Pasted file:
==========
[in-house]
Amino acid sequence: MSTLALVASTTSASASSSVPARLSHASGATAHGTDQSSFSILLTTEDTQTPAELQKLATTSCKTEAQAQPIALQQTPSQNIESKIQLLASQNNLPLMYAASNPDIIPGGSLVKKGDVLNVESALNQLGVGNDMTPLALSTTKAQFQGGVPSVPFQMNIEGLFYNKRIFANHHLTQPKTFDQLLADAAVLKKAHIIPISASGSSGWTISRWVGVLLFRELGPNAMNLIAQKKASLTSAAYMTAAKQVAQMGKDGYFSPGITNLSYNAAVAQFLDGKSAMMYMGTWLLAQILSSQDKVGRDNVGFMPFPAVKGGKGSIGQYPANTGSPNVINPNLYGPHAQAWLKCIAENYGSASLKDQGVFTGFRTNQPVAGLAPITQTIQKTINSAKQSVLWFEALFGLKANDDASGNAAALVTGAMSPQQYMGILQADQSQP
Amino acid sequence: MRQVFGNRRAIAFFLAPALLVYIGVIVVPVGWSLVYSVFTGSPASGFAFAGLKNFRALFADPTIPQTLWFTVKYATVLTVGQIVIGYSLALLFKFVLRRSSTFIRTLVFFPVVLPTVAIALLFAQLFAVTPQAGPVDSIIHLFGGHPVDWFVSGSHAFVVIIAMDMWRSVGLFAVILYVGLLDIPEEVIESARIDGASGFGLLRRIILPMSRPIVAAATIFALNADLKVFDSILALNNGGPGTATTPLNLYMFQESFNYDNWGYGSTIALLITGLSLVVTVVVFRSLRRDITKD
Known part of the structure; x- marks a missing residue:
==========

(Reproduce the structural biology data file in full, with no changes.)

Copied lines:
[in-house]
Amino acid sequence: MSTLALVASTTSASASSSVPARLSHASGATAHGTDQSSFSILLTTEDTQTPAELQKLATTSCKTEAQAQPIALQQTPSQNIESKIQLLASQNNLPLMYAASNPDIIPGGSLVKKGDVLNVESALNQLGVGNDMTPLALSTTKAQFQGGVPSVPFQMNIEGLFYNKRIFANHHLTQPKTFDQLLADAAVLKKAHIIPISASGSSGWTISRWVGVLLFRELGPNAMNLIAQKKASLTSAAYMTAAKQVAQMGKDGYFSPGITNLSYNAAVAQFLDGKSAMMYMGTWLLAQILSSQDKVGRDNVGFMPFPAVKGGKGSIGQYPANTGSPNVINPNLYGPHAQAWLKCIAENYGSASLKDQGVFTGFRTNQPVAGLAPITQTIQKTINSAKQSVLWFEALFGLKANDDASGNAAALVTGAMSPQQYMGILQADQSQP
Amino acid sequence: MRQVFGNRRAIAFFLAPALLVYIGVIVVPVGWSLVYSVFTGSPASGFAFAGLKNFRALFADPTIPQTLWFTVKYATVLTVGQIVIGYSLALLFKFVLRRSSTFIRTLVFFPVVLPTVAIALLFAQLFAVTPQAGPVDSIIHLFGGHPVDWFVSGSHAFVVIIAMDMWRSVGLFAVILYVGLLDIPEEVIESARIDGASGFGLLRRIILPMSRPIVAAATIFALNADLKVFDSILALNNGGPGTATTPLNLYMFQESFNYDNWGYGSTIALLITGLSLVVTVVVFRSLRRDITKD
Known part of the structure; x- marks a missing residue: